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Legally and politically, the charge is problematic.
By Alan Neuhauser / 01.10.2018
It’s been more than a year of eye-popping allegations and furious speculation about the conduct of President Donald Trump and his election team in the run-up to the 2016 presidential election and its aftermath. In recent weeks, there’s been one particular charge – one seemingly less salacious than others – that’s come to stand out: obstruction of justice.
The issue of a possible obstruction flared again last week after The New York Times reported that Trump had repeatedly implored Attorney General Jeff Sessions last year not to recuse himself from ongoing Justice Department investigations related to the 2016 presidential campaign in an effort to maintain leverage over investigations looking at connections between his family members and staff and the Russian government.
But making such a case against a sitting president – whether as an indictment or as grounds for impeachment – would come with sizable legal and political hurdles. Legally, the case is muddy and difficult to prove. Politically, a sole allegation of obstruction could become yet more evidence cited by Trump and his supporters in Congress and the media that the investigation by special counsel Robert Mueller into Russia’s meddling in the 2016 election has been little more than a partisan “witch hunt” granted an overly broad mandate to dig up any dirt it might find.
“If the most that comes out of this investigation are obstruction allegations, there will be a notable disconnect between the purpose and conclusion of the investigation,” says constitutional law expert Jonathan Turley, a professor at The George Washington University Law School. “In that respect, Trump will be vindicated.”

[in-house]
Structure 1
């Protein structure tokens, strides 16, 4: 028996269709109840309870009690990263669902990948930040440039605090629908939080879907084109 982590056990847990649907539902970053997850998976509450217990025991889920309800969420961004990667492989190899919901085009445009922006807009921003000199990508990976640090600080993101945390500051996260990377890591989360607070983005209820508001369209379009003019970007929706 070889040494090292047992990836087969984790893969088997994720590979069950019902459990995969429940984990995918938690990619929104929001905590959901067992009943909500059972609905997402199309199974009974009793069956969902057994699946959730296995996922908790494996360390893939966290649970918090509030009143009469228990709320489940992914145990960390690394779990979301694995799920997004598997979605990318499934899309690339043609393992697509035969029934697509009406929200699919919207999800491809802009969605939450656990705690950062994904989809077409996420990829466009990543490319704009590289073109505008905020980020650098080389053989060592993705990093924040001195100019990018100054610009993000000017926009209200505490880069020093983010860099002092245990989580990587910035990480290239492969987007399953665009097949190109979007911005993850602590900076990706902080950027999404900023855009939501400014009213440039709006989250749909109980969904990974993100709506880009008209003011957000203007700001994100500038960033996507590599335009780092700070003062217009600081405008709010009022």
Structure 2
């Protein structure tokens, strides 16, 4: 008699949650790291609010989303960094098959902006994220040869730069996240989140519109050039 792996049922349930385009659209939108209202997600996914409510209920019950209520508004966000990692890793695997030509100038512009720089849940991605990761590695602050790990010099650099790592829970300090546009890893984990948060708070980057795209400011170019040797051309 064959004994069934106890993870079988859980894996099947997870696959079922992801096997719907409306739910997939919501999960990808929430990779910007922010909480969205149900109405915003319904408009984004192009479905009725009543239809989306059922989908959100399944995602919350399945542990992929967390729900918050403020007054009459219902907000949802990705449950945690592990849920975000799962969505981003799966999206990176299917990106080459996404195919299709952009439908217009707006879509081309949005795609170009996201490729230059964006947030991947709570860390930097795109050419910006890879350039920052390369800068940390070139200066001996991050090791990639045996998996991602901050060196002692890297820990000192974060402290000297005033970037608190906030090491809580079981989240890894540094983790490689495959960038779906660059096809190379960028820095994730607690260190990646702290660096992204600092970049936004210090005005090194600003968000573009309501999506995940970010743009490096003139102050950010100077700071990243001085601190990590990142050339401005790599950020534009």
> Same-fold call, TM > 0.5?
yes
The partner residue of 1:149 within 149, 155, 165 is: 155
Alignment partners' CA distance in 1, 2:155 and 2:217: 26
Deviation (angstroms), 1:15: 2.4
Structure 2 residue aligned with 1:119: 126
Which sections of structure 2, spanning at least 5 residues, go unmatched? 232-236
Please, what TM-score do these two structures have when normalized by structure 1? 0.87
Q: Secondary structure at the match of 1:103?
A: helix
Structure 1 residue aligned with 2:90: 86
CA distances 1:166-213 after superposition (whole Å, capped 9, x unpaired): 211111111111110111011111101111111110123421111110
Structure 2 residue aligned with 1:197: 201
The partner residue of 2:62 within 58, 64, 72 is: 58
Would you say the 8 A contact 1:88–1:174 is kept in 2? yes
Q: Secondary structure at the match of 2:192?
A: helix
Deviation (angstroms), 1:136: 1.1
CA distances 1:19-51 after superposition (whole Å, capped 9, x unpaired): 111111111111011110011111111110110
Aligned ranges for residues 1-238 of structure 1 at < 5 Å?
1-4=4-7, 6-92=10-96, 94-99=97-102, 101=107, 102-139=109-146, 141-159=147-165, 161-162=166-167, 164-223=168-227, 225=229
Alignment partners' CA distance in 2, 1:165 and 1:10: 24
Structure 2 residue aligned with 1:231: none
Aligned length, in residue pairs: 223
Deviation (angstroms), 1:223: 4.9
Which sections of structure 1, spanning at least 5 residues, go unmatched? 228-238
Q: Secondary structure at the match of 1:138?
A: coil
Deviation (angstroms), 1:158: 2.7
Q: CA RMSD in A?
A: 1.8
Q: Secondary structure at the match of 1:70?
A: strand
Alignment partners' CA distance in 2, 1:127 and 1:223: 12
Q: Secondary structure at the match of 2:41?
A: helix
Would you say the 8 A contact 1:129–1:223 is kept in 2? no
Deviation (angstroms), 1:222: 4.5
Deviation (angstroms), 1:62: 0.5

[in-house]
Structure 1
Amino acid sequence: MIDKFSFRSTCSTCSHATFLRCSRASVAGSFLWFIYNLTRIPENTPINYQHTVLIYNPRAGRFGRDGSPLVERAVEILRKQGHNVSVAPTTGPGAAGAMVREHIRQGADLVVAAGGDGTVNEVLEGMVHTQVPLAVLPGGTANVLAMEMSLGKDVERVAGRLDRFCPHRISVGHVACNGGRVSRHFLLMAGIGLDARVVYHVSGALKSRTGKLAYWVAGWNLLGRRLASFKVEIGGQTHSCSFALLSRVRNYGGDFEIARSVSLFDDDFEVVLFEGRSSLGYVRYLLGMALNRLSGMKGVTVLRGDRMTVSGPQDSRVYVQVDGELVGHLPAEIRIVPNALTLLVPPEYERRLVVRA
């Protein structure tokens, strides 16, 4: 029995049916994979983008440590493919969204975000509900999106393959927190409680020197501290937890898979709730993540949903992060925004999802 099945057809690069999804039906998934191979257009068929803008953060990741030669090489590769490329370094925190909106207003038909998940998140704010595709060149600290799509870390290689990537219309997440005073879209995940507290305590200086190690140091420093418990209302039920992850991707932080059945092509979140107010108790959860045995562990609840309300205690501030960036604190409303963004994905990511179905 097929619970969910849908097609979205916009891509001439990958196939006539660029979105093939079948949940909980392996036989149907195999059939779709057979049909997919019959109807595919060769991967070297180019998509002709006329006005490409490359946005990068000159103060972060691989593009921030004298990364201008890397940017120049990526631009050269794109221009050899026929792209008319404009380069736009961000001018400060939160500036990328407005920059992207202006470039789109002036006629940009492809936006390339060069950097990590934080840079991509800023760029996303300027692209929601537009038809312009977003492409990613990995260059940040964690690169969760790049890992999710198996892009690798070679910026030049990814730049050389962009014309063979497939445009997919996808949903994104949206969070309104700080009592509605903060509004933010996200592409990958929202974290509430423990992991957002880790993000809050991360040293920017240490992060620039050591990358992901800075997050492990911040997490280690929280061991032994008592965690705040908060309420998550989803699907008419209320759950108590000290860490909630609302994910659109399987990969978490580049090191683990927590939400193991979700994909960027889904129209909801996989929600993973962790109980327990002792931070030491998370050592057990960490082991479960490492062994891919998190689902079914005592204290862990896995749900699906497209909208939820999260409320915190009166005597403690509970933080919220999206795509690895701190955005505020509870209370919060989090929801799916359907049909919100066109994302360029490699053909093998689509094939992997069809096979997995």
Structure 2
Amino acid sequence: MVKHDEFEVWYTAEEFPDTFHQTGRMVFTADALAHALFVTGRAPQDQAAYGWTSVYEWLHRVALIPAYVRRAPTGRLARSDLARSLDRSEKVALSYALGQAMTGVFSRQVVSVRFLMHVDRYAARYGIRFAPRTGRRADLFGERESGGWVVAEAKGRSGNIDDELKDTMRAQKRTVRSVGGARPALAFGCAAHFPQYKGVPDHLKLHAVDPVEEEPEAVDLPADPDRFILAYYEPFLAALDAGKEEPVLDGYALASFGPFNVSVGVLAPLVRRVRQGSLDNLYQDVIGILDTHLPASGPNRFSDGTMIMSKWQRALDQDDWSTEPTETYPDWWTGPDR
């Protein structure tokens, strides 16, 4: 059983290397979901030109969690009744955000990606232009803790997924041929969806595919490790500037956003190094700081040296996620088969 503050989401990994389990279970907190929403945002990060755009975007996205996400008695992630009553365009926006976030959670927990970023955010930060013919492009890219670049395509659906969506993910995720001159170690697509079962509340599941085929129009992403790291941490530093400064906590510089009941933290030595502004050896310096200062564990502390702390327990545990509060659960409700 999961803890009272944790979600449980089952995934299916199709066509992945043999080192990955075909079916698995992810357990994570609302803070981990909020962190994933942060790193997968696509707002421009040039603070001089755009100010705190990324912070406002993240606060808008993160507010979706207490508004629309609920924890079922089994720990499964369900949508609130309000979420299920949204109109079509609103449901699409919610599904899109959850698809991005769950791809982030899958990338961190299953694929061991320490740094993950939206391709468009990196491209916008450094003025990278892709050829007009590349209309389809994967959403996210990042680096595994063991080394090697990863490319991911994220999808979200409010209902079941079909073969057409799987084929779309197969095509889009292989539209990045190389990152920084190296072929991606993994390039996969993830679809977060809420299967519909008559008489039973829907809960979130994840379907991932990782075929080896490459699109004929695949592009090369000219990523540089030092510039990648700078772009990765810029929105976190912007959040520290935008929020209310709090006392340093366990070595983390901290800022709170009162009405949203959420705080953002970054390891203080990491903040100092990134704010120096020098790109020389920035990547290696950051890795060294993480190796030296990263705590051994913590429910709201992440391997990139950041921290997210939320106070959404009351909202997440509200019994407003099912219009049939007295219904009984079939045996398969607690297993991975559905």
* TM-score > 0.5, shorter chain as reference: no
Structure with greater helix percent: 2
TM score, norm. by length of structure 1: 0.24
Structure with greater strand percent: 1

Others are not so sure.
“Even if Mueller cannot make, in the end, a convincing case that he colluded with the Russians – although it seems to me pretty clear already from evidence that’s available that at least his campaign did – but if Mueller were to reach a contrary conclusion, it would still be a very serious matter if he deliberately or corruptly obstructed an investigation. That’s not what presidents are supposed to do,” says Louis Michael Seidman, a constitutional law professor at the Georgetown University Law Center. “Now whether that’s grounds for removing him from office is in large part a political question. But that was the principle grounds that caused Nixon to resign.”
Nick Akerman, a former Watergate assistant special prosecutor and former assistant U.S. attorney, agrees.
“To say it’s underwhelming, it’s not. The fact that they can’t ultimately prove the underlying conspiracy to steal emails and use those emails to help Trump win the election – if they can’t prove that, and they wind up proving the cover-up, then history would say that that could be done,” he says of the possibility of an indictment or impeachment based on obstruction alone.
Among the first issues that will need to be settled is a contention among Trump’s lawyers that a sitting president under the Constitution simply cannot commit obstruction of justice, at least while exercising his power under the Constitution. The president, the argument goes, could be charged with obstruction by offering to bribe a witness, for example, because that’s beyond the scope of his constitutional responsibility – it’s conduct that led to President Richard Nixon’s downfall. But he cannot be charged with obstruction or other crimes while carrying out the powers that are inherent to his office, such as hiring or firing officials or urging the FBI or Justice Department to prioritize or de-emphasize certain investigations. Bringing such a charge, some argue, would cause an imbalance between the executive and legislative branches.